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Mandi Fine, CEO of F/NE Group Global.
#WomensMonth: Generic business lessons for the 21st Century from healthcare advertising

Mandi Fine is CEO of F/NE Group Global, which turns 20 years old this August. Here, Fine explains how specific data science and storytelling skills are transforming marketing and communications, as well as future trends to embrace in any industry...

By Leigh Andrews 2 days ago

High-income country trainees and experts must learn to listen and be humble. Shutterstock
Global health still mimics colonial ways: here's how to break the pattern

Imagine this scenario. A couple of newly minted Master of Public Health graduates from an African university, say in Rwanda, land in Washington DC for a two-week visit...

By Madhukar Pai 3 days ago

Image: World Vision International
Antimalarials less effective in malnourished children

The most-prescribed antimalarial drug is less effective in severely malnourished children, a University of Cape Town study shows...

16 Aug 2019

DRC President Felix Tshisekedi during the inauguration ceremony. Hugh Kinsella Cunningham/EPA-EFE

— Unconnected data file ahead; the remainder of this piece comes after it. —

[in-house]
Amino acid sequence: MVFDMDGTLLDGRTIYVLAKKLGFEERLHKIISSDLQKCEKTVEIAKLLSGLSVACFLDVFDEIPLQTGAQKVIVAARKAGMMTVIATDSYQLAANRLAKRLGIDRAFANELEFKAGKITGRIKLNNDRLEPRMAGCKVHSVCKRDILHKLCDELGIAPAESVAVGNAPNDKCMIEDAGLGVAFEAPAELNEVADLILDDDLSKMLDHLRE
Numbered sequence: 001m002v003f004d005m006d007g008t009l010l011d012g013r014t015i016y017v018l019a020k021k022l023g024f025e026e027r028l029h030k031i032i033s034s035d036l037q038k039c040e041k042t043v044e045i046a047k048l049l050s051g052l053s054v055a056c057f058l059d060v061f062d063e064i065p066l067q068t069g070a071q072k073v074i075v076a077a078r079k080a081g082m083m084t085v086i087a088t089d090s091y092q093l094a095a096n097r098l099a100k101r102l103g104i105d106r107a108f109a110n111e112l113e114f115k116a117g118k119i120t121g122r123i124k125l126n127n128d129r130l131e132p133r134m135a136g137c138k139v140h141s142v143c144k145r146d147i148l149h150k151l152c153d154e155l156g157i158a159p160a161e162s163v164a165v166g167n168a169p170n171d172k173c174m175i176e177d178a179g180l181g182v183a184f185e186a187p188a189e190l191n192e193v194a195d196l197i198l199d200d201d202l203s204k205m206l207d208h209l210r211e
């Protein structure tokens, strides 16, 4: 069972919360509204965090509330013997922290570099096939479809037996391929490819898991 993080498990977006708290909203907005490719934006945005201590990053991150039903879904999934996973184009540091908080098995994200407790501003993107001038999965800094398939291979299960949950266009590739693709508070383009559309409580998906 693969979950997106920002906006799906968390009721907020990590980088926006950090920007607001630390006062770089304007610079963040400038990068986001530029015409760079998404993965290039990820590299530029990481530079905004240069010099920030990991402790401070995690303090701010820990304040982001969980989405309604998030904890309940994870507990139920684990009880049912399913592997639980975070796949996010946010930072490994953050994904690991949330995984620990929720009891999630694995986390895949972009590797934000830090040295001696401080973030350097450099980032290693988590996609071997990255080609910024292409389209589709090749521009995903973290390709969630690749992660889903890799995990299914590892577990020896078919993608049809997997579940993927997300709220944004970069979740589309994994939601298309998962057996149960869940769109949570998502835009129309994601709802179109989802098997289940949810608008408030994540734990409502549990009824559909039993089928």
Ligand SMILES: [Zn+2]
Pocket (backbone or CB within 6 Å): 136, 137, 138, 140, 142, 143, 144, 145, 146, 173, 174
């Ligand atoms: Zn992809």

Tshisekedi has taken over the DRC's Ebola response. How he can make a difference

The most recent Ebola outbreak in the Democratic Republic of the Congo (DRC) rages on. There's been a continued increase in the number of new cases for a year since the outbreak was first declared...

By Mosoka Fallah 12 Aug 2019

A health worker prepares to administer Ebola vaccination in the north-western Democratic Republic of the Congo.
EPA-EFE/STR
The Uganda vaccine trial: how African researchers are tackling Ebola

In August 2015 Dr Sakoba Keita, who led the Ebola response in Guinea during the largest Ebola outbreak the world has ever seen, declared...

By Yap Boum 8 Aug 2019

The drug is set to improve HIV treatment. shutterstock
ARV breakthrough: trial in South Africa confirms effectiveness of new drug

A new antiretroviral drug regimen has been given the go-ahead by the World Health Organisation. This follows the preliminary results from studies that include an ongoing trial in South Africa...

By Michelle Moorhouse & Willem Daniel Francois Venter 6 Aug 2019

Hepatitis is a major public health burden. Shutterstock
The WHO wants to rid the world of hepatitis by 2030: why it's a tough ask

Four years ago, the World Health Organisation (WHO) rolled out its global strategy to eliminate hepatitis by 2030. Known as a "silent killer" disease, hepatitis is a viral disease that causes inflammation of the liver...

By Pauline Bakibinga 31 Jul 2019

Dr Joseph Sempa of Sacema presenting at the 2019 Clinic on Meaningful Modelling of Epidemiological Data. AIMS-South Africa
Africa needs specialist capacity to tackle the spread of infectious diseases

Over the past 10 years, a community of practice has begun to develop in Africa around research that uses models to understand and evaluate population-level health problems and their potential solutions...

By Juliet Pulliam & Jonathan Dushoff 29 Jul 2019

Photo: World Economic Forum
20-million children miss out on lifesaving measles, diphtheria and tetanus vaccines in 2018